Emirates, the Mideast's biggest airline, more than quadrupled its fiscal first-half profit to $925 million as it packed more passengers and cargo into fuller planes.
The Dubai state-run carrier, an increasingly potent player in long-haul international travel, said Monday the gains reflect a "positive shift" in an airline industry that has struggled with weak demand amid the economic downturn.
Emirates said it carried 15.5 million passengers in the six months through September. While some of the growth came as the fast-growing airline added planes and routes, Emirates also filled more seats, averaging occupancy of 81.2 percent _ a first-half record.
Its chairman and CEO, Sheik Ahmed bin Saeed Al Maktoum, called the results "incredibly robust." He said Emirates is committed to growing further and has the resources to do so.
"Our healthy financial position enables us to successfully meet all of our financial commitments and raise financing for future aircraft deliveries," Sheik Ahmed said in a statement. "Our strong position today is reflective of our ability to adapt, returning us to a vigorous period of growth."
Emirates posted a 19.4 percent jump in passenger traffic during the first half, based on the standard industry metric of revenue passenger kilometers flown.
The carrier ranks as the world's busiest hauler of international passengers according to that measure, just ahead of German carrier Lufthansa.
Emirates continued to incorporate new planes into its fleet, taking delivery of five double-decker Airbus A380s and one Boeing 777 during the half, increasing capacity by 13.9 percent.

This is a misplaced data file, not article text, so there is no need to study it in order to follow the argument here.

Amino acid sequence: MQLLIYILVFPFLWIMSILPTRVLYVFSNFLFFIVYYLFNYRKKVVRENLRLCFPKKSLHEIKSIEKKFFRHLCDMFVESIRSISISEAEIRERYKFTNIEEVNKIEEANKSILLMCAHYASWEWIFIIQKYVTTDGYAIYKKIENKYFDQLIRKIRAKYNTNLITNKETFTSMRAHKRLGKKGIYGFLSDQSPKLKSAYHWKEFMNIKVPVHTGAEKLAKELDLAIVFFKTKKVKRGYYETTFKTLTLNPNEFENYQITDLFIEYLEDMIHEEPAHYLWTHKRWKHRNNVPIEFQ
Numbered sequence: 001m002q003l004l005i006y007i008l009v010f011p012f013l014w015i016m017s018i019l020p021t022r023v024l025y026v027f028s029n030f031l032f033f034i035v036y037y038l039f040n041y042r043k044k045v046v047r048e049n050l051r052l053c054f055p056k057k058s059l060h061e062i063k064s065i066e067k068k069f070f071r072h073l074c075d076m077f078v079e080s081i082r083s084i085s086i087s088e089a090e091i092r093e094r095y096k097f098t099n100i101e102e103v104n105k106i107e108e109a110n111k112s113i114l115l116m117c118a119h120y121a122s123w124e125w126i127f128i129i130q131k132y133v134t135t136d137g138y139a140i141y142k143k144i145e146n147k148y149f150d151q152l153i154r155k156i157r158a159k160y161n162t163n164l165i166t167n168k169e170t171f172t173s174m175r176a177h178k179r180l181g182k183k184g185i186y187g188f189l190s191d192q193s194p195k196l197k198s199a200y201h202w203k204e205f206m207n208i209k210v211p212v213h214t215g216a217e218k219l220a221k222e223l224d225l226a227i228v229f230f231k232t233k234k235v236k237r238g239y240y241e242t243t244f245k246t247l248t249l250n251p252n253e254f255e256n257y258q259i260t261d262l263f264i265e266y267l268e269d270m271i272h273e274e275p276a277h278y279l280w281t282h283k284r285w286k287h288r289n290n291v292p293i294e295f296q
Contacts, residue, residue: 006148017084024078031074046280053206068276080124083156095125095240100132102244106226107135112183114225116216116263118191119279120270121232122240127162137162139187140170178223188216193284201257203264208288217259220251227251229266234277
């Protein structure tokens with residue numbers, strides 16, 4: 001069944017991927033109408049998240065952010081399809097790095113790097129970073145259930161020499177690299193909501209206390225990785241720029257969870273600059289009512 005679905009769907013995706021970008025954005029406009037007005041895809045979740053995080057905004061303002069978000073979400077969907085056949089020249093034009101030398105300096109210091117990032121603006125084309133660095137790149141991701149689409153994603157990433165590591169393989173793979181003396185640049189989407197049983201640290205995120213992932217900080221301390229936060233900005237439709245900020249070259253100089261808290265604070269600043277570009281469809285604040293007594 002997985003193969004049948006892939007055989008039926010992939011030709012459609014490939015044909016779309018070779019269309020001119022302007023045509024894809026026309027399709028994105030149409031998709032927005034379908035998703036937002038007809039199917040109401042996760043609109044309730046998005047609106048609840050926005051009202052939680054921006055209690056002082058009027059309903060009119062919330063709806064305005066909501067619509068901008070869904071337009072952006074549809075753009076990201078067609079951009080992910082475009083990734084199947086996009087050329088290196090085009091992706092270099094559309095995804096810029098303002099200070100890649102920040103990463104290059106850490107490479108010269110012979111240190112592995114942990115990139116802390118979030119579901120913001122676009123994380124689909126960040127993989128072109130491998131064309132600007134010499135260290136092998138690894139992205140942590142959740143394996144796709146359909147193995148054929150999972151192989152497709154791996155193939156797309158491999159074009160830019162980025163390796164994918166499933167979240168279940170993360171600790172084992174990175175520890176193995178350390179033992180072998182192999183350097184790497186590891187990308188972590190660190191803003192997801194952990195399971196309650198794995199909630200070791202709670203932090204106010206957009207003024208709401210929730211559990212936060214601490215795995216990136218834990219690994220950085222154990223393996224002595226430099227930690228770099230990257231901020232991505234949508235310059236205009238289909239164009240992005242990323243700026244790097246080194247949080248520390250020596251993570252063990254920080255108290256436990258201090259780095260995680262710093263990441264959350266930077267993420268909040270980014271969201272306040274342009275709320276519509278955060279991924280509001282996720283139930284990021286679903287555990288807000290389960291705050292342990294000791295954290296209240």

More planes are on the way. Emirates expects to receive two more by the end of March, and added 62 additional aircraft to its already weighty order book in the first part of this year. It operates more 777s than any other airline, and has the world's largest order _ a whopping 90 planes _ for the A380.
Cargo operations also increased during the first half, jumping 23.7 percent to 897,000 metric tonnes (989,000 tons).
Emirates earned $205 million in the first half of last year.
The carrier benefits from Dubai's location as a hub between Europe, Africa and Asia. Its critics accuse it of receiving unfair subsidies from the government _ charges its management repeatedly deny.
The airline did not make executives available for interview Monday.
Its earnings were released just days after a parcel bomb shipped from Yemen and bound for the U.S. was discovered at Dubai's main airport, Emirates' home base. That package, part of a FedEx shipment, arrived in Dubai after traveling on two passenger planes operated by its Gulf rival Qatar Airways.